(469a) Experimental and Simulation Studies of Nonlinear Dynamics of Droplets in a Microfluidic Loop Device
Droplets moving even in simple microfluidic devices have been reported to exhibit rich nonlinear dynamic behavior such as period doubling, bifurcations, and chaos. There is growing interest among researchers to understand this complex nonlinear behavior in microfluidic systems. Mathematical and numerical models are being developed to understand these phenomena. Recently, Schindler et al. (2008) proposed a simple circuit model for studying the droplet dynamics in a microfludic loop device. Remarkably, this simple circuit model was able to predict the complex behaviors in loop devices.
In this work, experimental evaluation of the predictive capability of the network model will be reported. Microfluidic devices containing a loop are fabricated in polydimethylsiloxane (PDMS) using accepted methods of soft lithography. The experiments are conducted with aqueous drops in an oil phase (hexadecane) stabilized with 2 wt% span80 as a surfactant. Experiments are conducted at constant flow rate conditions. Images are analyzed to obtain droplet entry and exit times in the loop. The network model has two free parameters, the hydrodynamic resistance of droplets (Rd), and the ratio of droplet to bulk velocity (β). The predictive capability of the model is evaluated by experimentally measuring Rd and β. The hydrodynamic resistance of the droplet is obtained by conducting experiments similar to that proposed by Vanapalli et al. (2009) and β is determined by analyzing droplet motion in rectilinear channels.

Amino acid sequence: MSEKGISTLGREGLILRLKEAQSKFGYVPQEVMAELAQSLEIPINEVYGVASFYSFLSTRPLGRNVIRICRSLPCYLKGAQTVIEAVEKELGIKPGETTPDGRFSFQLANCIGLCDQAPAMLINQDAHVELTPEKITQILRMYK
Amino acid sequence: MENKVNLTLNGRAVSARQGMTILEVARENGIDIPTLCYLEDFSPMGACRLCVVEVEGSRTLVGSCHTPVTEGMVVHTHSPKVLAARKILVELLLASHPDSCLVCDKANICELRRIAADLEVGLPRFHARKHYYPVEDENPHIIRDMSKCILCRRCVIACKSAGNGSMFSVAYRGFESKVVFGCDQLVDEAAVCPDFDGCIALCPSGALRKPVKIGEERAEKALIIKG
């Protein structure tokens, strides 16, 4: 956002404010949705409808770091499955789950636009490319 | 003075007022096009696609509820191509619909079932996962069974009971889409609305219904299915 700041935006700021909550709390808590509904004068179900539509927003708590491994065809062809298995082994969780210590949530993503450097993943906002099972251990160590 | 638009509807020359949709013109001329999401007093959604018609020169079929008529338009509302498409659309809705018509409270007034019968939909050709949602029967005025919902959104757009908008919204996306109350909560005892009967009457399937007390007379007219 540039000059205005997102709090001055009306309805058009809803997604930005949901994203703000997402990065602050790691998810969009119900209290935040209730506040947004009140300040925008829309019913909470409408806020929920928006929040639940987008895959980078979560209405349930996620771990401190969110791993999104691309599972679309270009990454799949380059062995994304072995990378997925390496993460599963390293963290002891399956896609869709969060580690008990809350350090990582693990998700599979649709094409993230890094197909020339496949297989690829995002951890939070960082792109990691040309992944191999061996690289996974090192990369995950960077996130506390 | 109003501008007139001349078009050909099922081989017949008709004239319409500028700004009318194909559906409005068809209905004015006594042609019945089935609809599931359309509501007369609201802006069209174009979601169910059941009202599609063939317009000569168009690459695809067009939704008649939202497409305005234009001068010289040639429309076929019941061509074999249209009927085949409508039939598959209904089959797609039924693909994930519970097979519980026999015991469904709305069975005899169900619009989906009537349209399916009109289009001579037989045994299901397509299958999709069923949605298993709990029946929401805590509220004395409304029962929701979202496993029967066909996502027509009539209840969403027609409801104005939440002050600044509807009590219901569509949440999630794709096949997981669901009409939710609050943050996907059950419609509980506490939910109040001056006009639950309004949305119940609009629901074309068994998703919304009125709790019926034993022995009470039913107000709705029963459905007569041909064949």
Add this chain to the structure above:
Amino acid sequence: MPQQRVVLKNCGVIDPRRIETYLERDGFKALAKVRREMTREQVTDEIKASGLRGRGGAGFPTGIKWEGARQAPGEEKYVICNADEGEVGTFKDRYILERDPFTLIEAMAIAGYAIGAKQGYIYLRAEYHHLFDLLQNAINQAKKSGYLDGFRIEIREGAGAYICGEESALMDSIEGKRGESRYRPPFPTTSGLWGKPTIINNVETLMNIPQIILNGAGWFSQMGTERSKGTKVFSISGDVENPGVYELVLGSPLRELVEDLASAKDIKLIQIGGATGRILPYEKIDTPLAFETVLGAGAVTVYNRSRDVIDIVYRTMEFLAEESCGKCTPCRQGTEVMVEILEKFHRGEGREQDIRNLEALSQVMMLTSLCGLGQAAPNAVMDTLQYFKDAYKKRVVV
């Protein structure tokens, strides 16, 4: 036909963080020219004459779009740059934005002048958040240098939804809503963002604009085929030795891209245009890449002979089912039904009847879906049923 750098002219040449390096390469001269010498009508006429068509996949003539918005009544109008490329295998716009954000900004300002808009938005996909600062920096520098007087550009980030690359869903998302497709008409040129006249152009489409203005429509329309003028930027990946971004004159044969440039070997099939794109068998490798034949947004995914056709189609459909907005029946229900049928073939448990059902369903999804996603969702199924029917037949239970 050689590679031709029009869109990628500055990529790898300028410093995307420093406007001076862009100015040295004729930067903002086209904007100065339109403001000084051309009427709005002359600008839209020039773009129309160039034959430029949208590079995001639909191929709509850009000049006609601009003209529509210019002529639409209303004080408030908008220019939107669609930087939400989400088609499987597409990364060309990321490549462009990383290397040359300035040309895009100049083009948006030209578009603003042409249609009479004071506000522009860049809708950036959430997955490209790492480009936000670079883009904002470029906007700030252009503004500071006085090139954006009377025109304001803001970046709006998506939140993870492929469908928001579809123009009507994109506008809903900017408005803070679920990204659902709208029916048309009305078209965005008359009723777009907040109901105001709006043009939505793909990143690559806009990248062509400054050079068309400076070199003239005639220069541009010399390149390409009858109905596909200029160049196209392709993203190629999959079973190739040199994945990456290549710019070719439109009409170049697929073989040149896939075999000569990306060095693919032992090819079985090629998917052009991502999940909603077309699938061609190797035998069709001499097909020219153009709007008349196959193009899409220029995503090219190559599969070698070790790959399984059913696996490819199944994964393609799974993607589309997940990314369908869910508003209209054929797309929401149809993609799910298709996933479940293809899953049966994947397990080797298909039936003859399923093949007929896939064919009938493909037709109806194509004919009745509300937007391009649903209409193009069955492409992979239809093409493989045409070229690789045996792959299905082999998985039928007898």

Poincare maps, residence times (time spent by the droplets in the loop) and sequence of the droplets exiting the loop are computed using the data obtained from experiments and simulations. Results obtained indicate that the network model reproduces the periodic and aperiodic behavior observed in experimental Poincare maps fairly well with a few exceptions. However, in terms of predicting the residence times and sequence of the droplets in the loop, the model needs to be improved to include: (i) the entrance effects of the droplets, (ii) the complex relation governing the velocity of the droplets as a function of flow rate, (iii) the nonlinear hydrodynamic interaction among droplets as a function of input flow rate, and (iv) finite size of the droplets.
References 1. Schindler. M and Ajdari. A ?Droplet Traffic in Microfluidic Networks: A Simple Model for Understanding and Designing?. Physical Review Letters, 100, February 2008. 2. Vanapalli, S. A., Banpurkar, A. G., van den Ende, D., Duits, M. H. G. and Mugele, F., ?Hydrodynamic resistance of single confined moving droplets in rectangular microchannels? . Lab on a Chip, 9, 982-990, 2009.